Afghanistan: July 11, 2002

Archives

 The war against the Taliban and al Qaeda continues out in the countryside. Special Forces and CIA agents on the ground continue the tedious and time consuming process of getting to know who is who and where loyalty lies, and what it will cost to change loyalties. In the air, UAVs, satellites and recon aircraft take pictures and sweep up any electronic transmissions. Enemy weapons and munitions stockpiles are regularly being found and destroyed, and every week a few more suspects are arrested. By media standards, it's a frustrating process, but historically, this is the way wars like this are won.

The central government is faced with growing autonomy by regional warlords. Out in the countryside, local strongmen have their traditional rackets and scams to occupy them and bring in money. Most of these angles involve drugs or smuggling. Nations pledging aid to Afghanistan want the illegal operations shut down. The warlords want a share of the aid money, no matter what. Running the central government is a balancing act, trying to keep the warlords and foreign donors happy. At the moment, the central government cannot survive without foreign aid, for it has no other significant source of revenue. Gaining control over major border towns would give the central government access to customs revenues. But the local warlords would resist giving up this revenue source. So there would either be a major fight, or a lot of negotiation and a revenue sharing arrangement.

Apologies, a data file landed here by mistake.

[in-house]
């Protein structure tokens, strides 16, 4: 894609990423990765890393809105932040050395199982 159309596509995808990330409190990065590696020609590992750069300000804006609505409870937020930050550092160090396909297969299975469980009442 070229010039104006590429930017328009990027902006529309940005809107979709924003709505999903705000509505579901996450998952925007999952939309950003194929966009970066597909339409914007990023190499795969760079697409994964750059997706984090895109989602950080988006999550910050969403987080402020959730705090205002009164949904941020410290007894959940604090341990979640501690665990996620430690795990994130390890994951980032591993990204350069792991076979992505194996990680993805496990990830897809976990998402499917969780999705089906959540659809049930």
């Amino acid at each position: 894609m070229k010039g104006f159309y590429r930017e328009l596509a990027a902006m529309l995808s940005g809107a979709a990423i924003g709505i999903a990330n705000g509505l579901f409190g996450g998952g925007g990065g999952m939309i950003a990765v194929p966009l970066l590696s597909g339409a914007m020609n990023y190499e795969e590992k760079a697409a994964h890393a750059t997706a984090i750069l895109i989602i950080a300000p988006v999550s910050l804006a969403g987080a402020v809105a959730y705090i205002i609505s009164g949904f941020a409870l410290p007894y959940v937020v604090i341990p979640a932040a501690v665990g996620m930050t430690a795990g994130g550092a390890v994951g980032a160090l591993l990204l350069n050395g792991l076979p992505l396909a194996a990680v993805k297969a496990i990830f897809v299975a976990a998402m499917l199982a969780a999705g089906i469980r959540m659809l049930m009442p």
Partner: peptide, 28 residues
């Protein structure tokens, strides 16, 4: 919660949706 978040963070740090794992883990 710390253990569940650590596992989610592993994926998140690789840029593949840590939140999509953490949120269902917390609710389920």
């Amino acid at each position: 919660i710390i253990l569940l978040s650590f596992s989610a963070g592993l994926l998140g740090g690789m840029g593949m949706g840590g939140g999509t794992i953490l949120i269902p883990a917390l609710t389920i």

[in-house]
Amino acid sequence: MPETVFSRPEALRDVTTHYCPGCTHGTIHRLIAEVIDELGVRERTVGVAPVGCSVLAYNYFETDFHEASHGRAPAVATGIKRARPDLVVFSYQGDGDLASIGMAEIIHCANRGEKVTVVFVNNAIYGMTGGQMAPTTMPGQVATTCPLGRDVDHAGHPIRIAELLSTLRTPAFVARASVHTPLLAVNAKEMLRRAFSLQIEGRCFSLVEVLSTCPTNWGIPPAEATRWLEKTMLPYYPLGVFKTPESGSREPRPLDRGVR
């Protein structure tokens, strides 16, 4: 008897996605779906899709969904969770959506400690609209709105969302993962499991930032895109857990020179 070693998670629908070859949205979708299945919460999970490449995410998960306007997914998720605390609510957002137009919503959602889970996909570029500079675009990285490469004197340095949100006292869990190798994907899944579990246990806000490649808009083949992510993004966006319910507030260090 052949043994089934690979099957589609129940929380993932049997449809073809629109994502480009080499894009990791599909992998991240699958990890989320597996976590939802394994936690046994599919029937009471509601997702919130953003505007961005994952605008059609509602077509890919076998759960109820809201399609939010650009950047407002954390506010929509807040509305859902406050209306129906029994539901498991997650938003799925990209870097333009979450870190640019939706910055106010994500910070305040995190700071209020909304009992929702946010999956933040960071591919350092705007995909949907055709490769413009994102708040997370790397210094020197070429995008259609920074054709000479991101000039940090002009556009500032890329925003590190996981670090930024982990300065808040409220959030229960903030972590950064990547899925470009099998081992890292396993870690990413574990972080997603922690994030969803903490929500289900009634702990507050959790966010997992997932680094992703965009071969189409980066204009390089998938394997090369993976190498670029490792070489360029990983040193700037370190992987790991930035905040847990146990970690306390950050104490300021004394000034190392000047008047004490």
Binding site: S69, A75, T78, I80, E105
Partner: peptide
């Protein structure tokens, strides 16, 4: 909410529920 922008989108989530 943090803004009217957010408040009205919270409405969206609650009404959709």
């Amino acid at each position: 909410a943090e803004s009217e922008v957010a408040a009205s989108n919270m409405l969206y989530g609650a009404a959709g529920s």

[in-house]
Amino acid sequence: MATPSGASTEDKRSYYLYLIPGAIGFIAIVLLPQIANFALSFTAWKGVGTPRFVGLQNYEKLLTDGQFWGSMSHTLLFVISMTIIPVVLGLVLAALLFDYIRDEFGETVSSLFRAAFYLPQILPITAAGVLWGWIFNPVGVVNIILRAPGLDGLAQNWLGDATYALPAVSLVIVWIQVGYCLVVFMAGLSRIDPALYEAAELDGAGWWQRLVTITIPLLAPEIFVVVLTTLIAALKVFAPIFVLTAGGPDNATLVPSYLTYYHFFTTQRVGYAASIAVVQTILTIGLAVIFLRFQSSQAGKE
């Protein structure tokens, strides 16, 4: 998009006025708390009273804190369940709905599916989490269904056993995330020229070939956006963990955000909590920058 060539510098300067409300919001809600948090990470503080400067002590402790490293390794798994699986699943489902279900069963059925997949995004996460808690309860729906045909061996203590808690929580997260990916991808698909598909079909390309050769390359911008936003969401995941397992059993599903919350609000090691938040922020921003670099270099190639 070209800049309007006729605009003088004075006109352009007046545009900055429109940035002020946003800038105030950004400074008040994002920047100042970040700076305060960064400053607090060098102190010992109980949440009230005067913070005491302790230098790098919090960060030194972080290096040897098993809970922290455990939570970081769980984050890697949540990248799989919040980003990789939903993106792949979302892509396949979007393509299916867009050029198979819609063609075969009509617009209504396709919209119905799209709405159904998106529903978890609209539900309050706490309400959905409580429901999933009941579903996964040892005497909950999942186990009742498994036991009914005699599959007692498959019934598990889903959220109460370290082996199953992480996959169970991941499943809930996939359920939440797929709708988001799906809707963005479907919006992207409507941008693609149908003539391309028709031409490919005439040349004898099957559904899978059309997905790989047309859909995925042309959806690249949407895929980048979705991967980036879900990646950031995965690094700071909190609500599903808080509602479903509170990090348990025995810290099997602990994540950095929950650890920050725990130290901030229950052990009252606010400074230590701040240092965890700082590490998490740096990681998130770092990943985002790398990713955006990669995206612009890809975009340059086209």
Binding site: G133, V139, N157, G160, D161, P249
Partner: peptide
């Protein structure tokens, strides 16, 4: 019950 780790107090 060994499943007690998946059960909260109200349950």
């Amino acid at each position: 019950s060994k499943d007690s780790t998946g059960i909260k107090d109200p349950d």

Efforts to find out who killed Afghan vice president Qadir are complicated by the fact that warlord Qadir had lots of enemies. Many Pushtuns disliked him for working with a government dominated by non-Pushtuns. Qadir was one of the few Pushtuns to fight on the side of the Northern Alliance. Many non-Pushtuns hate him because he's a Pushtun. Qadir has been involved in the drug trade, which often results in murder and revenge as gangs battle for market share and raw material. Qadir was also active in Pushtun tribal politics, acting as a mediator for disputes. It was this skill that made him a valuable addition to the government. 

 

Article Archive

Afghanistan: Current 2018 2017 2016 2015 2014 2013 2012 2011 2010 2009 2008 2007 2006 2005 2004 2003 2002 2001 2000 1999 


X

ad
0
20

Help Keep Us Soaring

We need your help! Our subscription base has slowly been dwindling. We need your help in reversing that trend. We would like to add 20 new subscribers this month.

Each month we count on your subscriptions or contributions. You can support us in the following ways:

  1. Make sure you spread the word about us. Two ways to do that are to like us on Facebook and follow us on Twitter.
  2. Subscribe to our daily newsletter. We’ll send the news to your email box, and you don’t have to come to the site unless you want to read columns or see photos.
  3. You can contribute to the health of StrategyPage. A contribution is not a donation that you can deduct at tax time, but a form of crowdfunding. We store none of your information when you contribute..
Subscribe   Contribute   Close